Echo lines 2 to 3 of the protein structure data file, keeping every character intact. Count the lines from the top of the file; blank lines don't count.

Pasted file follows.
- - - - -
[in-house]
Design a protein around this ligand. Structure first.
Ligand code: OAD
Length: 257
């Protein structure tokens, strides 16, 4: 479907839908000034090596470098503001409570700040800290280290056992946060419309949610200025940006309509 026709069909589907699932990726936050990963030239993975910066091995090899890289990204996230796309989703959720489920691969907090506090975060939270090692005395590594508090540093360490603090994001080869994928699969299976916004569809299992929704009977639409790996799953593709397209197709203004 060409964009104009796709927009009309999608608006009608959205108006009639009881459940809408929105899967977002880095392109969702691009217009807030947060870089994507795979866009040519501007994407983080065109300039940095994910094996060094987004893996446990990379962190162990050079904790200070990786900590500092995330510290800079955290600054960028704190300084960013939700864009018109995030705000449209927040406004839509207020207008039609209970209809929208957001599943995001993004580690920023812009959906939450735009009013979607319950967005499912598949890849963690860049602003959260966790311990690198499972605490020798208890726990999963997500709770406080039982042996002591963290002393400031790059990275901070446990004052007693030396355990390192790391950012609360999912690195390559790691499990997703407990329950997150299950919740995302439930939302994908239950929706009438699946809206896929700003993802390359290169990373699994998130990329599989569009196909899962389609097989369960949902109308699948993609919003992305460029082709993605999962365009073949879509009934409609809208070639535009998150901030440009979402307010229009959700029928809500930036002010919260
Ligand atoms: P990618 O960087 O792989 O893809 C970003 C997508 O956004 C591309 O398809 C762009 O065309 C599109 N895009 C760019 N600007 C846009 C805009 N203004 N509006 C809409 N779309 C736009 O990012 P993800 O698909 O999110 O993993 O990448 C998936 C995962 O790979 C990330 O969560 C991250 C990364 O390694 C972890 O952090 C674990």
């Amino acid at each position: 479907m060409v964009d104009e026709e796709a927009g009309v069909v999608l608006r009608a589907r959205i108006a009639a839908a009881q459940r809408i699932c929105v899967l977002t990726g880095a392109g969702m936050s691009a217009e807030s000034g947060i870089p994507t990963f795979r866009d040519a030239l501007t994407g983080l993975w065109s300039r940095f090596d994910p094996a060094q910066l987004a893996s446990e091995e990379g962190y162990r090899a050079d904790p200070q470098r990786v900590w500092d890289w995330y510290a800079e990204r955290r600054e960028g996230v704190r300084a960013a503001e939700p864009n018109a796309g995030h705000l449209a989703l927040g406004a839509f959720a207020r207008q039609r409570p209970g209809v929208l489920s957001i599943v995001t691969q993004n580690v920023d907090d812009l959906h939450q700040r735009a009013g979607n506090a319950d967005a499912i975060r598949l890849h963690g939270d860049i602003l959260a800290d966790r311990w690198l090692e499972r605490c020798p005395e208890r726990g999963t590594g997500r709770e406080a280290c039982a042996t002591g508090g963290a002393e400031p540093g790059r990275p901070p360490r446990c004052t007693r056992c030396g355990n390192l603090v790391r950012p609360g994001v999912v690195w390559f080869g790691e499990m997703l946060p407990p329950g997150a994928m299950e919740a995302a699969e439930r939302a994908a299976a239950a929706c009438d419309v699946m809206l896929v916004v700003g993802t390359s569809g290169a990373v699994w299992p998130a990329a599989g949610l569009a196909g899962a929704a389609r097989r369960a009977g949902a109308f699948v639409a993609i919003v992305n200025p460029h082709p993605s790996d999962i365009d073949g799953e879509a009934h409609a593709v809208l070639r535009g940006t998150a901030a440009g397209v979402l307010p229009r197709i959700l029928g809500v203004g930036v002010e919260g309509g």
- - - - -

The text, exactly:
Design a protein around this ligand. Structure first.
Ligand code: OAD